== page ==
decision on whether over-50s will be given a third coronavirus jab is expected to be made within weeks.
Ministers are said to be planning to deliver an average of almost 2.5million third doses a week, with 2,000 pharmacies rolling out the scheme.
If it is approved, all people in the age bracket, plus the clinically vulnerable, in England are expected to be offered a booster vaccine before Christmas.
It comes as millions of people are under strict lockdown in China as the country battles to contain its largest coronavirus outbreak in months.
China reported 55 new locally transmitted coronavirus cases on Monday as an outbreak of the highly transmissible Delta variant reached more than 20 cities and more than a dozen provinces.
Johnson pressed to further ease travel rules to save beleaguered industry
Hospital care standards ‘maintained’ in pandemic – study
Unite union’s assistant general secretary urges the Government to further support jobs in the travel industry
Diana Holland, the Unite union’s assistant general secretary for civil air transport, urged the Government to take further action to support jobs in the travel industry.
She said: “The current traffic light system is not working and there is disagreement within Government about how to move forward.
“While the situation remains uncertain and complex, the Government must provide job-saving support to our aviation and travel industry. “
While France and Germany had put in place sector-specific support for the aviation industry, “the UK civil air transport sector has haemorrhaged jobs”, she said.
“With the summer season all but scuppered and travel not expected to return to sustainable levels for the immediate future, the Government must follow the lead of our competitor nations and take action to secure jobs, and make sure aviation can rebuild safely and sustainably for all our futures.”
Two days in the office will be ‘new normal’ after pandemic
Hundreds of fraudulent Covid passport claims rejected
Almost 300 fraudulent Covid-19 passport claims have been rejected in Northern Ireland.
The figure emerged after the region’s vaccine certification system was dogged with technical difficulties last week.
It was partially suspended on Tuesday after issues with data sharing emerged.
The new CovidCertNI app enables users to show proof of vaccination for international travel.
Dr Eddie O’Neill, who leads the programme, said on Monday that it is now “stable and running well”.
He also revealed that 294 applications where people have fraudulently tried to claim a certificate have been rejected.
“We had three individuals who made 38 applications between them, putting in different vaccination dates every time,” he told the BBC.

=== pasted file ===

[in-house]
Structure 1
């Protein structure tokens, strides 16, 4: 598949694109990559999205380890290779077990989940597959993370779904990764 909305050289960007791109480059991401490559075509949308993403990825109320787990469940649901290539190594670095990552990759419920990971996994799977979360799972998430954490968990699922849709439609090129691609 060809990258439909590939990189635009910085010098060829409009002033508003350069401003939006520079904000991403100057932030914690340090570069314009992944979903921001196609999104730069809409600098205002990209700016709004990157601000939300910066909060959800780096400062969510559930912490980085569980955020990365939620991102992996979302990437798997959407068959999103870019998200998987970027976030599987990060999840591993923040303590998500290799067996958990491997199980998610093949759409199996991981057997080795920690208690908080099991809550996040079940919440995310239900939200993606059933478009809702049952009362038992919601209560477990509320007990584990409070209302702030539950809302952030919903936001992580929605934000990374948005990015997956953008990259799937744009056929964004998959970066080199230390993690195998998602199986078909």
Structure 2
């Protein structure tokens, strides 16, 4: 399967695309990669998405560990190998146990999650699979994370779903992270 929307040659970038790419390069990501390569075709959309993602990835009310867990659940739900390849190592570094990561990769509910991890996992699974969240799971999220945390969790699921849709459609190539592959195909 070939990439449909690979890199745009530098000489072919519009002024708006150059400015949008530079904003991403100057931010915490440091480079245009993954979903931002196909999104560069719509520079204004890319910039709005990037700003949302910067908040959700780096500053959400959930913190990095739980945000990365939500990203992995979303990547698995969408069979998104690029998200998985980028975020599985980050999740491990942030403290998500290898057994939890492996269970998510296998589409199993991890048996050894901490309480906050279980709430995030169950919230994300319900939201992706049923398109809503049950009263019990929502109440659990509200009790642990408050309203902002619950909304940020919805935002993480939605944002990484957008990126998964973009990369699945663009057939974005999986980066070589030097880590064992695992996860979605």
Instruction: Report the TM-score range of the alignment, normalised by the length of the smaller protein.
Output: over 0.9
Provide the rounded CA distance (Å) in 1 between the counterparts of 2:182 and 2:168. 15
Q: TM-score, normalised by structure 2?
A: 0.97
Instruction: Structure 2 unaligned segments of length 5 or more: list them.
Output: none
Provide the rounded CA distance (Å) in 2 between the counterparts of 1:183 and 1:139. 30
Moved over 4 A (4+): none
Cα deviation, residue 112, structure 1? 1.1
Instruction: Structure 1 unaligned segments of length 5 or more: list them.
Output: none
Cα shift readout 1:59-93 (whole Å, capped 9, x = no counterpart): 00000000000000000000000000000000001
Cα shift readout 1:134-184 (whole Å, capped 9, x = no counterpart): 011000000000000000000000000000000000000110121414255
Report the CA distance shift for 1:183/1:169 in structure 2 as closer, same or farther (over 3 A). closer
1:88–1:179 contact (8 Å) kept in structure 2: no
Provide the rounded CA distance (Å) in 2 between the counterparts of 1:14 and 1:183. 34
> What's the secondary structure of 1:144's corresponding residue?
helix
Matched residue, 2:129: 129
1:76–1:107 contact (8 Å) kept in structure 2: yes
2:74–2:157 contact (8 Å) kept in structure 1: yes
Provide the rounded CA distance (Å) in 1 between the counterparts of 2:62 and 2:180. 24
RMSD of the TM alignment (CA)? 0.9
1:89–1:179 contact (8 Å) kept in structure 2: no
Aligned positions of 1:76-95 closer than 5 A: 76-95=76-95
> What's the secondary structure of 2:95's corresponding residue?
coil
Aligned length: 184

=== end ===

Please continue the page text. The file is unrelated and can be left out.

However he said the programme has issued 5.843 certificates in 27-and-a-half hours.
Hong Kong tells civil servants to get vaccinated or pay for Covid tests
Unvaccinated Hong Kong government employees will soon have to pay for regular Covid-19 tests.
The measures, which also apply to education and health workers, were announced on Monday in a bid to persuade more people to get vaccinated.
City leader Carrie Lam said: “If it’s purely a personal option not to get vaccinated and help society achieve herd immunity, that’s not something a responsible government should allow or tolerate.”
Hong Kong has registered 56 days without any local coronavirus cases and life has largely returned to normal in the global financial hub, except heavy travel restrictions remain in place, with hotel quarantine required for all arrivals.
Authorities were unsatisfied with a slow initial take-up of vaccines, although the numbers have improved in recent months after various businesses announced a range of perks for those who take vaccines, including a lottery prize of an apartment worth about £720,000.
Hospital standards maintained in pandemic, study finds
Standards of care for hospital patients admitted with Covid-19 did not slip during the pandemic, a new study suggests.
More than three in four people admitted to hospital with coronavirus received “good” or “excellent” care, according to a new review from the Royal College of Physicians.
Researchers examined the case records of 510 patients treated across 19 NHS trusts in England during 2020.
Overall, 96.5% were deemed to have received adequate, good or excellent care, and for 77.4% the care was good or excellent.
It was deemed to be poor for 3.5% of patients.
The reviewers said the “very few instances of poor care” was “exceptional given the enormous pressures that were very rapidly placed upon the NHS at the start of the pandemic”.
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Critically endangered tigers recover from Covid-19 in Jakarta
Two Sumatran tigers are recovering from Covid-19 in an Indonesian zoo.
Nine-year-old Tino became ill with shortness of breath, sneezing, and a runny nose on July 9.
Two days later, 12-year-old Hari was showing the same symptoms.
Swabs were taken and results came back positive for Covid, Suzi Marsitawati from the Jakarta Parks and Forestry Agency said.
The tigers were promptly treated with antibiotics, antihistamines, anti-inflammatory drugs and multivitamins.
Their condition is now described as “good”, with Ms Marsitawati saying: “Their appetite has returned and they’re being active”.
It is unclear how the tigers were infected with Covid as the zoo has been closed in line with coronavirus restrictions.
No infections were detected among zoo staff.